Verbal and Nonverbal Connections by Riya Bhalla and Nithya Venkat
During our time in Ahmedabad Gujurat, we visited Mahatma Gandhi International School (MGIS), working with the students to generate understanding about Martin Luther King Jr and Gandhi’s philosophies and where they intersect. MGIS is not like other high schools anywhere in the world, not just in India. Their learning is more hands on (textbooks are practically taboo) and the relationship between the student and teacher is one of genuine understanding. Both of us (Riya and Nithya) connected deeply with the students there, and will be discussing our separate experiences in the subsequent paragraphs.
On the first day of meeting the students, we were introduced to the project we could create – a mosaic demonstrating similarities between Ghandi and Martin Luther King, learning about both cultures. Then we were split up into groups, to work on the project. While working on my project for the following days, I learned a lot about the culture and lifestyle of the students. All of the students had different backgrounds, including two students who were from Australia and one from Canada. The students were just like us; they used social media, watched youtube, and watched Netflix shows. This made it easy to connect to them and get to know them better. It was great to see people that I do not know at all and that come from different backgrounds and connect so well with them. They made me feel like I was one of them and that I was a part of the school.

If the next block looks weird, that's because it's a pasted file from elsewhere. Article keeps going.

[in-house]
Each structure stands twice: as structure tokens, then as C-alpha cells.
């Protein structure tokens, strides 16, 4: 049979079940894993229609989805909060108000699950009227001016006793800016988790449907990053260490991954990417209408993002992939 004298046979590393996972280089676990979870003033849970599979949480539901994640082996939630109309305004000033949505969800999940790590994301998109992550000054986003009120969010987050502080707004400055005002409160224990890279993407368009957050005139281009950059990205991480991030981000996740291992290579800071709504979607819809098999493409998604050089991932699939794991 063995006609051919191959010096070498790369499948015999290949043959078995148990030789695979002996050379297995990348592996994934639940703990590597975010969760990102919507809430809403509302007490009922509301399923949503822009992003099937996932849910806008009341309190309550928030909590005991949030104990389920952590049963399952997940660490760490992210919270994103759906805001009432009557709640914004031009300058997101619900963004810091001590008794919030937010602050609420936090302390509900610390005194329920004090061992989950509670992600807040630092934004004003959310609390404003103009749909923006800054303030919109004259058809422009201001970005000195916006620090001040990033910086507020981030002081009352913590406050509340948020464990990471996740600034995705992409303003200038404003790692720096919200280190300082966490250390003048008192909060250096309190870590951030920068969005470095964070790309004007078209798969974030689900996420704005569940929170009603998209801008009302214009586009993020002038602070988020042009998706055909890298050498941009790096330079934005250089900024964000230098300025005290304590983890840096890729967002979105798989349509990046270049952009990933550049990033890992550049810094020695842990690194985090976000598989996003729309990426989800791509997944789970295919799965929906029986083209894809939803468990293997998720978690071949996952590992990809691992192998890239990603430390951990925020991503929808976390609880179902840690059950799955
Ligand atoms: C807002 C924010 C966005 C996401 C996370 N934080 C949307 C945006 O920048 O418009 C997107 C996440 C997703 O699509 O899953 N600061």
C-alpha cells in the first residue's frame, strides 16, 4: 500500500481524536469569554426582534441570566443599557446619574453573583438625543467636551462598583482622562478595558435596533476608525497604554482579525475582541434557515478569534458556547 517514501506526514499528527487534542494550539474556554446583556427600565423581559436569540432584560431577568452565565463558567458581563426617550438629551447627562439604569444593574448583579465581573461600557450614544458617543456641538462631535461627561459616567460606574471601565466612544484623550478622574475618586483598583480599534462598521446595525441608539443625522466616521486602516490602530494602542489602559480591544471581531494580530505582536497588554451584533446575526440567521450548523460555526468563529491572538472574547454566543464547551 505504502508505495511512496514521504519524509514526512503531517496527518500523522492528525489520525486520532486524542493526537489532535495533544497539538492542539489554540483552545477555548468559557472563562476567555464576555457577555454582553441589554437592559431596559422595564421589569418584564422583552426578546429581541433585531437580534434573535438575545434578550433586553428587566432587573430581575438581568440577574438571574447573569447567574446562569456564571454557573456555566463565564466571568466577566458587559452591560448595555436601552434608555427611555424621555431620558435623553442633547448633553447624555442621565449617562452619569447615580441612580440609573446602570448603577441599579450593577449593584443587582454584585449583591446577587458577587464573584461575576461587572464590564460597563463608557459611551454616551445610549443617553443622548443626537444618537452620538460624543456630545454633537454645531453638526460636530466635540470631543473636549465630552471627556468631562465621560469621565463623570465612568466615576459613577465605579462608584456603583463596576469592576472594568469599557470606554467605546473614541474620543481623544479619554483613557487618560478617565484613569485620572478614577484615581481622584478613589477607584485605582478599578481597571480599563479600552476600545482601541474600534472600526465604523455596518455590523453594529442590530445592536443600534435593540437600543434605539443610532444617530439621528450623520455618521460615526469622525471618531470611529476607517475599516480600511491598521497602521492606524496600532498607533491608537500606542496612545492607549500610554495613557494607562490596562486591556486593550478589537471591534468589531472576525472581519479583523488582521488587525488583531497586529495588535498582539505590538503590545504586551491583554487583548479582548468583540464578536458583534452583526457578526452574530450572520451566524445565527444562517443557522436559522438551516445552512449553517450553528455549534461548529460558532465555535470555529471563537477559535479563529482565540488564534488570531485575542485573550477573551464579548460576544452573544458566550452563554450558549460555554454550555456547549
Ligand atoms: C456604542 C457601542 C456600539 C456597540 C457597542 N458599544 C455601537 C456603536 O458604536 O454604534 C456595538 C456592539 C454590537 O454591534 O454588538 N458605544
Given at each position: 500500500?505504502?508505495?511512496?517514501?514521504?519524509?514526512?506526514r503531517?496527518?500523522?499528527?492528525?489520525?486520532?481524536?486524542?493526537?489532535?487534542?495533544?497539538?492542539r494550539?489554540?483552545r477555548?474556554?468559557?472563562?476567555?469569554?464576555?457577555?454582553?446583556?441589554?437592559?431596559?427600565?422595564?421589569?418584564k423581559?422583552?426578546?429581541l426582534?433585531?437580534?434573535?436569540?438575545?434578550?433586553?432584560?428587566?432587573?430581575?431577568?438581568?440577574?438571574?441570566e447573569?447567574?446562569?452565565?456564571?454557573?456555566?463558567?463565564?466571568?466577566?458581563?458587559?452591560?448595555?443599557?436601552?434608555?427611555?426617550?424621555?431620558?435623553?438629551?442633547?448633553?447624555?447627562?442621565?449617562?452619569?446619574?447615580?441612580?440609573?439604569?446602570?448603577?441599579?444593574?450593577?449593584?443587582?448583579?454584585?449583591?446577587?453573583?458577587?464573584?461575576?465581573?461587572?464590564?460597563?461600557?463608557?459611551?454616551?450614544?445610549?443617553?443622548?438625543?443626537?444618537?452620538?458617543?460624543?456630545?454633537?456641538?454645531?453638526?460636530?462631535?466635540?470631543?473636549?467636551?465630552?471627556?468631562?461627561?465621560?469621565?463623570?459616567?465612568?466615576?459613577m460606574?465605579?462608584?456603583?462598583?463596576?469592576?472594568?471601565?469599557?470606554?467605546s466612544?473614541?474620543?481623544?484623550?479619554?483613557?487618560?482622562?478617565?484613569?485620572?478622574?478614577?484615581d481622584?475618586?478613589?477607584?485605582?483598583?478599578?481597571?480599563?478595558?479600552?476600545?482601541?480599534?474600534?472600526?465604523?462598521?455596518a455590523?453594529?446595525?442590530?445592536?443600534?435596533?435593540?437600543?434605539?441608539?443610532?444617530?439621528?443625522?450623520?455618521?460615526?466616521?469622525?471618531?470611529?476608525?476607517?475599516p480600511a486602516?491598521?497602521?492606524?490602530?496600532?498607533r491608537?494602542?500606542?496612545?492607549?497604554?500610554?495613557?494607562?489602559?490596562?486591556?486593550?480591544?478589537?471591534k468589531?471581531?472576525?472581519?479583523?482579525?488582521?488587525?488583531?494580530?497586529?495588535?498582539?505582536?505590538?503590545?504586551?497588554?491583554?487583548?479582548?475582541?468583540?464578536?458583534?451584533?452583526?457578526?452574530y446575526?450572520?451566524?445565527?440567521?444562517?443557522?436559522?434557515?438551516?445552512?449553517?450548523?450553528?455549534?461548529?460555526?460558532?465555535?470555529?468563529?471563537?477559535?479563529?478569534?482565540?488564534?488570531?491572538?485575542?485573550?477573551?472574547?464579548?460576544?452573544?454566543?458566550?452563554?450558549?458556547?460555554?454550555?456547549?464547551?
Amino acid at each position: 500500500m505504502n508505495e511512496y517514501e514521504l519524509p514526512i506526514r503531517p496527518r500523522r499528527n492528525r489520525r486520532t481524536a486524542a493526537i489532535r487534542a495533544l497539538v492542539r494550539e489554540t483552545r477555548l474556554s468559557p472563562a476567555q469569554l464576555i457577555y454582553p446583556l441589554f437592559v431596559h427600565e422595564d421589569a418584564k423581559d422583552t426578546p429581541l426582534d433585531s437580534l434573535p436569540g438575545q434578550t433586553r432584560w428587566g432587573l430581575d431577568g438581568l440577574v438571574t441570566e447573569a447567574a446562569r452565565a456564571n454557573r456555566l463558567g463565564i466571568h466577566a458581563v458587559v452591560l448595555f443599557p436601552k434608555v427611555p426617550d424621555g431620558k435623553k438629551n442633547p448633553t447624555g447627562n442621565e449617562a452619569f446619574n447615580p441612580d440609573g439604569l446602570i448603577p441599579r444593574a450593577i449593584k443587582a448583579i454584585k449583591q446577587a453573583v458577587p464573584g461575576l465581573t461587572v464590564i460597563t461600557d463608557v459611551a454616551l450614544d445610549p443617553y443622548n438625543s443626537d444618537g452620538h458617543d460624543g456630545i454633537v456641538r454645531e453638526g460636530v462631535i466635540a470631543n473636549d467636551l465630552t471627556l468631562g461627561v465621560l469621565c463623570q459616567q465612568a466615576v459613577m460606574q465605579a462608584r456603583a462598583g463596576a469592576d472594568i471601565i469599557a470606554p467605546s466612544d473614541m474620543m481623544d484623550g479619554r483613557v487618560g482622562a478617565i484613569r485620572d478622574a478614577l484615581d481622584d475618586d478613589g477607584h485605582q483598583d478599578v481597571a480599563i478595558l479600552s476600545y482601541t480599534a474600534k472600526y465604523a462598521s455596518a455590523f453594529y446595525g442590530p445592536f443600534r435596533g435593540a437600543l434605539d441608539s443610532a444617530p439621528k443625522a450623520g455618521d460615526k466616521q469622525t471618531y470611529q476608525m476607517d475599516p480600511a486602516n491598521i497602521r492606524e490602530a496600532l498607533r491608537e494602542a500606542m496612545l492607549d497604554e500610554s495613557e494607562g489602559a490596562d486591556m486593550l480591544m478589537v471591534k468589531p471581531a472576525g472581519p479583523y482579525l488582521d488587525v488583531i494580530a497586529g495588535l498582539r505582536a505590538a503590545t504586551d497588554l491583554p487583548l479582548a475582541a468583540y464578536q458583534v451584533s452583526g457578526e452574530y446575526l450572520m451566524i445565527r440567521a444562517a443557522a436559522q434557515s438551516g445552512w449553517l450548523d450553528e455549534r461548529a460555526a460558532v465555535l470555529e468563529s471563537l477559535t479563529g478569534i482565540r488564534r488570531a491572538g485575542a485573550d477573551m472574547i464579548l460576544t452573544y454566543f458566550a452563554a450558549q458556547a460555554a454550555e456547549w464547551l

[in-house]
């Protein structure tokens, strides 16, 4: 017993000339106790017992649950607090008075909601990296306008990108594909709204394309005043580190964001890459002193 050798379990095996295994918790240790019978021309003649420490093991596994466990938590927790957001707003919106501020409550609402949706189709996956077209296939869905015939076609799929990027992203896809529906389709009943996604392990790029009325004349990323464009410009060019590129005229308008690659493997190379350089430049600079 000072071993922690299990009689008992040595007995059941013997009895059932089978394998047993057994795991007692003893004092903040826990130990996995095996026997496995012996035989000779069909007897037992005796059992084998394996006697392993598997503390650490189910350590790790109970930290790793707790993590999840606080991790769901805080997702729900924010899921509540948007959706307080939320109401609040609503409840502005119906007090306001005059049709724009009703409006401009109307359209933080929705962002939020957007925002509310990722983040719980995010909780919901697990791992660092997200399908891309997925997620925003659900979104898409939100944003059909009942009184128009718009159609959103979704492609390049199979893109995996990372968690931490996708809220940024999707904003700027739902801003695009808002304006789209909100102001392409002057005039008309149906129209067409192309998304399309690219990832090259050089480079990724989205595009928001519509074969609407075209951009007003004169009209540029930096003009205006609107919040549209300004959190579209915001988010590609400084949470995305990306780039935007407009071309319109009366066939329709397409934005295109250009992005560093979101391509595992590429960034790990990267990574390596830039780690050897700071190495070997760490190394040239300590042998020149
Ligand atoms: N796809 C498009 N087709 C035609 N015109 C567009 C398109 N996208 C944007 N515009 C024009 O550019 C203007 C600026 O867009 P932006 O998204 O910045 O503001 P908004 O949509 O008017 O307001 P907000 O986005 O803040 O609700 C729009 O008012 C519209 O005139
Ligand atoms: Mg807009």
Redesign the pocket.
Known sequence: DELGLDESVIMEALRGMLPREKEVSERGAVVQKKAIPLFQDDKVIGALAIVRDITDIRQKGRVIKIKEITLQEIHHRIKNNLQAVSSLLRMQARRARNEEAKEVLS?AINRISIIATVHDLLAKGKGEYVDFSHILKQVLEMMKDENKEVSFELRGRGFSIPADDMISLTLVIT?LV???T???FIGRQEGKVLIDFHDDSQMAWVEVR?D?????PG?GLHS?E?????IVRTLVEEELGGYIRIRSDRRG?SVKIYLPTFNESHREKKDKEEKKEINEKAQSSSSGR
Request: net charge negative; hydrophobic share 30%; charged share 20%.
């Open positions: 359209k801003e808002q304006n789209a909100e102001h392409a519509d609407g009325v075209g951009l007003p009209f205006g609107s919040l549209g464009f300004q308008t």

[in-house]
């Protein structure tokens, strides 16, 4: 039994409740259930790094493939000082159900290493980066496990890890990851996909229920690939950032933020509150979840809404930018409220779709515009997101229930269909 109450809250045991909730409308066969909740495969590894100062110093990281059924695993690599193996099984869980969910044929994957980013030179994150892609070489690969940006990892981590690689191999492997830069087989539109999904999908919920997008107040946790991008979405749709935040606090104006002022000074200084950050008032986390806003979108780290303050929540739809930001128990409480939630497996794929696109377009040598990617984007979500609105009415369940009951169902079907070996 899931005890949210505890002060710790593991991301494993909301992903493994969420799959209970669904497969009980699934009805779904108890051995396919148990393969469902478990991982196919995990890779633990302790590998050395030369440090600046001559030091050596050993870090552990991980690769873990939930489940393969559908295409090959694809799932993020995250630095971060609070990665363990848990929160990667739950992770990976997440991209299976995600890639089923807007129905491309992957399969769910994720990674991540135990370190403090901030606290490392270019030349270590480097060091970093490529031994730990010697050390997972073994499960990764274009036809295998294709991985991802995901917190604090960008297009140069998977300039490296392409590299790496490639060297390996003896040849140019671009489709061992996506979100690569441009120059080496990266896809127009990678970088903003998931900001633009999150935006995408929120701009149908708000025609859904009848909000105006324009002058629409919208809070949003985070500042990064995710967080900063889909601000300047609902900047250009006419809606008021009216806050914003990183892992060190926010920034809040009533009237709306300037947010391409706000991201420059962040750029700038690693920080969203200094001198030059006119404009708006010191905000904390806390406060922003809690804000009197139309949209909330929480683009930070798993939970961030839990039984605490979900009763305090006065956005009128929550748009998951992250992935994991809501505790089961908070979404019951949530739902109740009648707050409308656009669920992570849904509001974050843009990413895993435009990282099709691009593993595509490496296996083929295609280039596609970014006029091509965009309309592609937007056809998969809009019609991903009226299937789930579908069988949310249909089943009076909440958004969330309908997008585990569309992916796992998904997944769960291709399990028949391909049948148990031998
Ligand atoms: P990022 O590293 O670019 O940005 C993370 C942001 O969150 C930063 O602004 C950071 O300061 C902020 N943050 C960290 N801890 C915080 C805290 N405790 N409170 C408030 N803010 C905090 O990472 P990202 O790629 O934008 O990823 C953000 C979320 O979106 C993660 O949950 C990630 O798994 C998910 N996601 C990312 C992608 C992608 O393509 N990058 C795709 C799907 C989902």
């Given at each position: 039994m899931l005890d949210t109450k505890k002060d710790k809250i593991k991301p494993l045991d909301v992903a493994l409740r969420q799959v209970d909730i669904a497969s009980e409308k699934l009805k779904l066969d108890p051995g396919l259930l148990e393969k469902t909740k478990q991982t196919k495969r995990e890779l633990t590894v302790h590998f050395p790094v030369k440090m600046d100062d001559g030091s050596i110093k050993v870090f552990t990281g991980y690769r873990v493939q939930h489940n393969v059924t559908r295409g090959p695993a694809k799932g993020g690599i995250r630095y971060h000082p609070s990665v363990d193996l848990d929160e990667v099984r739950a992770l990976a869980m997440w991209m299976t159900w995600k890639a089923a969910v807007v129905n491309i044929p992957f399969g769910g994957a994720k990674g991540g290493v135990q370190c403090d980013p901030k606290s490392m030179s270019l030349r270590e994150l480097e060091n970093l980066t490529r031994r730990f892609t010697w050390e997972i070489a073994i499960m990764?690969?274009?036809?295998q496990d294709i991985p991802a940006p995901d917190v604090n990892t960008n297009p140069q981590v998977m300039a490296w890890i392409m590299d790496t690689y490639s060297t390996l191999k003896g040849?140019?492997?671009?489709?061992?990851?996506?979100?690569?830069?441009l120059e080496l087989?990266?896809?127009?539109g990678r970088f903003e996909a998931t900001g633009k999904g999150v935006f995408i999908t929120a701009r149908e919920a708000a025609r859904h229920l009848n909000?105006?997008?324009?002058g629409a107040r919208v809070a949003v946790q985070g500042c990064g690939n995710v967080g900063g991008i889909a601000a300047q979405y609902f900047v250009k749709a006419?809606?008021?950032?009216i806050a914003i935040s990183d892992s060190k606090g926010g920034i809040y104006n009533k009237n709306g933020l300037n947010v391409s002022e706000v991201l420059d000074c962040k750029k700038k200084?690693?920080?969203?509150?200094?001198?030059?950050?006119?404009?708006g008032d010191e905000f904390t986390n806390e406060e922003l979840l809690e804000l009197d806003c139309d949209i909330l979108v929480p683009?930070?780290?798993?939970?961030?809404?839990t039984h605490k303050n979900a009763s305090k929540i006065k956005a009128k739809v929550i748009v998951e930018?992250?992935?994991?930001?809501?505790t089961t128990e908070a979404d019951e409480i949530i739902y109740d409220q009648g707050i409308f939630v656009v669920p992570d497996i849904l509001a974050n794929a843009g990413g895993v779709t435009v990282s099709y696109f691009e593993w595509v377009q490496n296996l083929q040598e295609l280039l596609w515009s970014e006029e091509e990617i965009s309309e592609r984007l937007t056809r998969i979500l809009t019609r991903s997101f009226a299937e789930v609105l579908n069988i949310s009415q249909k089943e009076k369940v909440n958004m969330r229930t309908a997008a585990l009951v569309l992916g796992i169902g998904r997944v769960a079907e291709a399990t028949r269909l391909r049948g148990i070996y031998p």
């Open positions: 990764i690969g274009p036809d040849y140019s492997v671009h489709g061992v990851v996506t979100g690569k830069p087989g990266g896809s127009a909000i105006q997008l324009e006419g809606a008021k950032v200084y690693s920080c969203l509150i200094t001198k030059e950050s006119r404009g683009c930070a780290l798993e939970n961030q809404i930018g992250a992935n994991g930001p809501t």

I truly think dance is something that can transcend all languages. Back home I am a classically bharathnatyam dancer, and do Bollywood dancing with my friends; dance is a big part of my life. Every Navratri, the Gujarati Samaaj in Minnesota hosts Garba Night and all my friends and I go. So being in Gujarat, I was excited to do traditional garba. During our ‘free time’ on the last day with the MGIS students, we all did Garba. It was exhausting but fun. They taught us steps and I taught them some steps I knew from back home and we danced for at least an hour. We were sweaty and dehydrated and exhausted but happy. It felt good to feel a genuine authentic connection beyond just ‘what movies do you watch’. While those connections are still valid, sometimes dance and art relates what words cannot.
Riya and Nithya are two of 8 students in Indiaspora’s inaugural HeritageINDIA Program. A unique, immersive, 3-week summer program, this initiative gives high school students of Indian descent the opportunity to connect to their ancestral homeland. Students experience and engage with India’s rich and diverse cultural history by completing hands-on projects, participating in stimulating discussions, and building friendships with a cohort that will share in this once-in-a-lifetime experience. With the exciting theme of India’s Riches: History, Culture, Diversity, & Democracy, students visit three areas of India that are geographically and culturally diverse, yet all very much represent India: New Delhi, Gujarat, and Kerala.